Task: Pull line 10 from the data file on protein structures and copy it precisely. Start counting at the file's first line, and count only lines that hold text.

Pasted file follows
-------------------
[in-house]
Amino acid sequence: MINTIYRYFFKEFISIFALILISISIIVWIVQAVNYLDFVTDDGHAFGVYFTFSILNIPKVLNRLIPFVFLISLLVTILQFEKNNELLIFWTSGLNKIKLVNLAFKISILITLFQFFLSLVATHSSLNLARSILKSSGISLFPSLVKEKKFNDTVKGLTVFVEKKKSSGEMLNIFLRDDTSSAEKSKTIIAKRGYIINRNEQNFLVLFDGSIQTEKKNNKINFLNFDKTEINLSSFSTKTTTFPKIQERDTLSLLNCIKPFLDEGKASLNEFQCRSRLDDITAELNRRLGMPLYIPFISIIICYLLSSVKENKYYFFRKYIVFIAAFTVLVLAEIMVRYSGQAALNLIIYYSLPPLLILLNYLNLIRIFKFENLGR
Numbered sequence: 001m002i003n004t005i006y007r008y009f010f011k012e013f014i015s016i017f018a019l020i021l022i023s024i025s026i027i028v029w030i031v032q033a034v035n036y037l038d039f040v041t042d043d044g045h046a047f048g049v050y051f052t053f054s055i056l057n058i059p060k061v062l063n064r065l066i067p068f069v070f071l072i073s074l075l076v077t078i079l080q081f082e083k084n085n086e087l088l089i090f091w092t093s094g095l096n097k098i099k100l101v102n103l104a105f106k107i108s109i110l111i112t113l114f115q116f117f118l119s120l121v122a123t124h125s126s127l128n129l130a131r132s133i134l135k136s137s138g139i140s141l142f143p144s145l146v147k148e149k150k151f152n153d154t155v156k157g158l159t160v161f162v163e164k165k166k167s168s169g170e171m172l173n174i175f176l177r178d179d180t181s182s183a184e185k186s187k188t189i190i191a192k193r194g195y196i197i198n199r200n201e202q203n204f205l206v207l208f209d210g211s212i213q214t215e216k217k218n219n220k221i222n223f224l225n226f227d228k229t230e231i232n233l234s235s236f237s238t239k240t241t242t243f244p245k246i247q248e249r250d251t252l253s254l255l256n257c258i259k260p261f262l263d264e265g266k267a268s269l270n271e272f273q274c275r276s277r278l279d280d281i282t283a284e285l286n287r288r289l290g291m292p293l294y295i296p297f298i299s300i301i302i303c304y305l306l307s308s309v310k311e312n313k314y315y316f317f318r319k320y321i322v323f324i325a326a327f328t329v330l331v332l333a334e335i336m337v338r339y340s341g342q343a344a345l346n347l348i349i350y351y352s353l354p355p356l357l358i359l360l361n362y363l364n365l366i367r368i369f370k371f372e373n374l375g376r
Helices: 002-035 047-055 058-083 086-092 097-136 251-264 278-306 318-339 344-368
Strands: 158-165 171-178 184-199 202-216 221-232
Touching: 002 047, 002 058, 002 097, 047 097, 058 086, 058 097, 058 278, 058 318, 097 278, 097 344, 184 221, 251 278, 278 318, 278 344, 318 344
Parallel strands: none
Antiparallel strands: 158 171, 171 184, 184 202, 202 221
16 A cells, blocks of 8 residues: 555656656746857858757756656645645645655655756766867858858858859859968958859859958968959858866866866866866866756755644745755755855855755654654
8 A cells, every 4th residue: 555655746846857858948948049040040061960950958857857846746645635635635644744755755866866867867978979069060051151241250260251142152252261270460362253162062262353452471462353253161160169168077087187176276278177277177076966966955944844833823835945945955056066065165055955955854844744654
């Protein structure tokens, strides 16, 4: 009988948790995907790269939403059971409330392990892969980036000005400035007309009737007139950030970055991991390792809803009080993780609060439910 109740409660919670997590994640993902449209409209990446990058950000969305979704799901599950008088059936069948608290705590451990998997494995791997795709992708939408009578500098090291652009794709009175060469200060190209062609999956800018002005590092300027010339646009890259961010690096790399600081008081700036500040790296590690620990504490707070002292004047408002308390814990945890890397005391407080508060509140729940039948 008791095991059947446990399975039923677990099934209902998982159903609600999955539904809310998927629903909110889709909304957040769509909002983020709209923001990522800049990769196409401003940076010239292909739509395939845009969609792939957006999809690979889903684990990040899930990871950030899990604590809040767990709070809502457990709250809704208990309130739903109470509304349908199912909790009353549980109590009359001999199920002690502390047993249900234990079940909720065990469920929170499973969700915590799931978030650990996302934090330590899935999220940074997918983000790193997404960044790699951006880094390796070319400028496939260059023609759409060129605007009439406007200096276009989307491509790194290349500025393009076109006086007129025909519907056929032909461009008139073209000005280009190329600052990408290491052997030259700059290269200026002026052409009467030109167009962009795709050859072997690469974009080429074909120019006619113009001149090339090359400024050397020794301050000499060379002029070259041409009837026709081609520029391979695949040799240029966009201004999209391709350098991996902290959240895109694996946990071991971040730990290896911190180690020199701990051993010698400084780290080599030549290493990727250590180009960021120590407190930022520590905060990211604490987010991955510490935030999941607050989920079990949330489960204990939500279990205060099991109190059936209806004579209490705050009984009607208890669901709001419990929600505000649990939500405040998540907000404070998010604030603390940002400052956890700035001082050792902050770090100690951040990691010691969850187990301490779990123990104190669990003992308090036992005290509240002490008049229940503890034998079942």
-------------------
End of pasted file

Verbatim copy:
8 A cells, every 4th residue: 555655746846857858948948049040040061960950958857857846746645635635635644744755755866866867867978979069060051151241250260251142152252261270460362253162062262353452471462353253161160169168077087187176276278177277177076966966955944844833823835945945955056066065165055955955854844744654